Forthcoming Film "The Passion" Criticized by Christian and Jewish Scholars

Controversy continues over the forthcoming film ?The Passion,” a dramatization of the trial and crucifixion of Jesus directed by the Hollywood film star Mel Gibson. A scholarly review committee convened by staff members of the United States Catholic Conference and the Anti-Defamation League (ADL) has charged that the film repeats the classic stereotype of the Jews as Christ-killers, and could have grave effects in stirring up anti-Jewish feelings. The film, the scholars noted on the basis of a review of the script, fails to take account of Roman Catholic teaching since the Second Vatican Council that exonerates the Jews from any collective blame for the death of Christ (?deicide”).

The committee also faulted the script for including, in the version they read in April 2003, incidents not found in the New Testament, many of which tend to heighten the anti-Jewish motif. The apparent source for this non-biblical material, such as a scene showing Jesus thrown off a bridge in chains, was a 19th century book, The Dolorous Passion of Our Lord Jesus Christ, by Anne Catherine Emmerich, who claimed to have learned daily and hourly details of Jesus? life and death in a series of visions.

According to recent statements by Gibson and his associates, some if not all of these non-Biblical aspects have been removed in the editing process. Even the material that corresponds more closely to the biblical text, however, is seriously slanted in an anti-Jewish direction, according to the critics.  For example, the film depicts Pontius Pilate as a weak-willed bureaucrat subject to the dictates of the high priest Caiaphas, whereas actually Pilate was a harsh and powerful ruler to whom Caiaphas owed his appointment. This reversal of roles, they noted, is one of many elements in the film that will leave the viewer with a negative image of Jews.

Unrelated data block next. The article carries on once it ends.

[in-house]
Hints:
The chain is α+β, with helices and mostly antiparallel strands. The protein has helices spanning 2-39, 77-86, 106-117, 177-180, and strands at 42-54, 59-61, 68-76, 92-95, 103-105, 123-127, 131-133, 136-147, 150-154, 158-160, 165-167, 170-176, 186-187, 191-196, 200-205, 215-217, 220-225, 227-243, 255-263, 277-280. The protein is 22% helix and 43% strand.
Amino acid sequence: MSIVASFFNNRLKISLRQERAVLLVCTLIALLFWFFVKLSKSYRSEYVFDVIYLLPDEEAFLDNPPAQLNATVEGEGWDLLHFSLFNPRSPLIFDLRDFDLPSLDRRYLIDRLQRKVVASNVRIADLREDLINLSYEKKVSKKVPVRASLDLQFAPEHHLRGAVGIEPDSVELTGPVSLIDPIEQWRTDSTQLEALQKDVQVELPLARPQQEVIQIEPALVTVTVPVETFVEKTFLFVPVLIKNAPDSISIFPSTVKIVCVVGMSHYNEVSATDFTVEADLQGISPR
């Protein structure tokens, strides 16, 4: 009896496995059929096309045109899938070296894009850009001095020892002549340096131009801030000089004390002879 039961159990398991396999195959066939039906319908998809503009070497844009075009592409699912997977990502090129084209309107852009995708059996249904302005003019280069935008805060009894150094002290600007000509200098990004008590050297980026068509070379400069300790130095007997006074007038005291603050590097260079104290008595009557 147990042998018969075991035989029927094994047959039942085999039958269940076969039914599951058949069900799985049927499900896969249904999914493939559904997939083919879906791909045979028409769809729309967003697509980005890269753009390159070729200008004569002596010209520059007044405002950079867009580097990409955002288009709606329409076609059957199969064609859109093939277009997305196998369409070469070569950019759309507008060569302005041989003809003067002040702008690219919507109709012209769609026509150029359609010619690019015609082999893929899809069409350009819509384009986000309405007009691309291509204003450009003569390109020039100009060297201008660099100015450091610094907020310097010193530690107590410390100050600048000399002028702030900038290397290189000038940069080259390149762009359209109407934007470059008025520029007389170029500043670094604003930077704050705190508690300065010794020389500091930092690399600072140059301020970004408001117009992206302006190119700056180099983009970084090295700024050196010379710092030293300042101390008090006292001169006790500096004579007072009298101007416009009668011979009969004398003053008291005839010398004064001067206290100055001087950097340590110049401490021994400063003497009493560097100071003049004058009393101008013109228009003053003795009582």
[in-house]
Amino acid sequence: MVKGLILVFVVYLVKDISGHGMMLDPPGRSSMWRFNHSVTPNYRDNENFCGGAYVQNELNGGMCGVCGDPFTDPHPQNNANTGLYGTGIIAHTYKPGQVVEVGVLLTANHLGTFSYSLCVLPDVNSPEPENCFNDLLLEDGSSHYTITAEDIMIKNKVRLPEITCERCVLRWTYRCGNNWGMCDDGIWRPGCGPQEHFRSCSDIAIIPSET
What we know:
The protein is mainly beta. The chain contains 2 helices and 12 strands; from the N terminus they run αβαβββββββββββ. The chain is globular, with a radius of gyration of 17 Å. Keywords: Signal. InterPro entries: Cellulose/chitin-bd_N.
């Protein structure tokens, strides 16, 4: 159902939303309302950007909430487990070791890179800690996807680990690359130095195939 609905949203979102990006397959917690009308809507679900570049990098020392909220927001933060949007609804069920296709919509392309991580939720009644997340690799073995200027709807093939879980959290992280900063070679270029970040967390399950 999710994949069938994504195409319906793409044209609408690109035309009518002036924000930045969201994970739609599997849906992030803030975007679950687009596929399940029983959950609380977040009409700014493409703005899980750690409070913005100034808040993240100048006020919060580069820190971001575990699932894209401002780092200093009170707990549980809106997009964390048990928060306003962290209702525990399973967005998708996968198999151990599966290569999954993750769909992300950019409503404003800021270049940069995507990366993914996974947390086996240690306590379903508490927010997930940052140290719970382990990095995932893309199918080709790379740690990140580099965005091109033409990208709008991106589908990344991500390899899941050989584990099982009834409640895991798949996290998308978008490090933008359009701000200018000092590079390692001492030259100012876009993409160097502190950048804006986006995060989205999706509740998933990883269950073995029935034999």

In a statement released after one of its representatives had attended a private screening of the film, the ADL?s national director, Abraham H. Foxman, commented: ?The film unambiguously portrays Jewish authorities and the Jewish mob as the ones responsible for the decision to crucify Jesus. We are deeply concerned that the film, if released in its present form, could fuel the hatred, bigotry, and antisemitism that many responsible churches have worked hard to repudiate.”

According to recent reports, the release of the film will be timed to coincide with Ash Wednesday, February 25, 2004. Preliminary film clips indicate that its treatment of the scourging and crucifixion is extremely brutal and bloody. It is not known yet what rating for violent content the filim will carry.

The members of the scholarly review committee, all figures well known in the field of Christian-Jewish relations, were Mary C. Boys, Professor of Practical Theology, Union Theological Seminary, New York; Michael J. Cook, Professor of Judeo-Christian Studies, Hebrew Union College?Jewish Institute of Religion, Cincinnati; Philip A. Cunningham, Executive Director, Center for Christian-Jewish Learning, Boston College; Eugene J. Fisher, Associate Director, Secretariat for Ecumenical and Interreligious Affairs, U.S. Conference of Catholic Bishops; Paula Fredriksen, Professor of Scripture, Boston University; Lawrence E. Frizzell, Director, Institute of Judaeo-Christian Studies, Seton Hall University; Eugene Korn, Director, Office of Interfaith Affairs, Anti-Defamation League; Amy-Jill Levine, Professor of New Testament Studies, Vanderbilt University; and John T. Pawlikowski, Director of Catholic-Jewish Studies, Catholic Theological Union, Chicago.

Franklin Sherman

Criteria for the Evaluation of Dramatizations of the Passion
(Bishops? Committee for Ecumenical and Interreligious Affairs, 1988)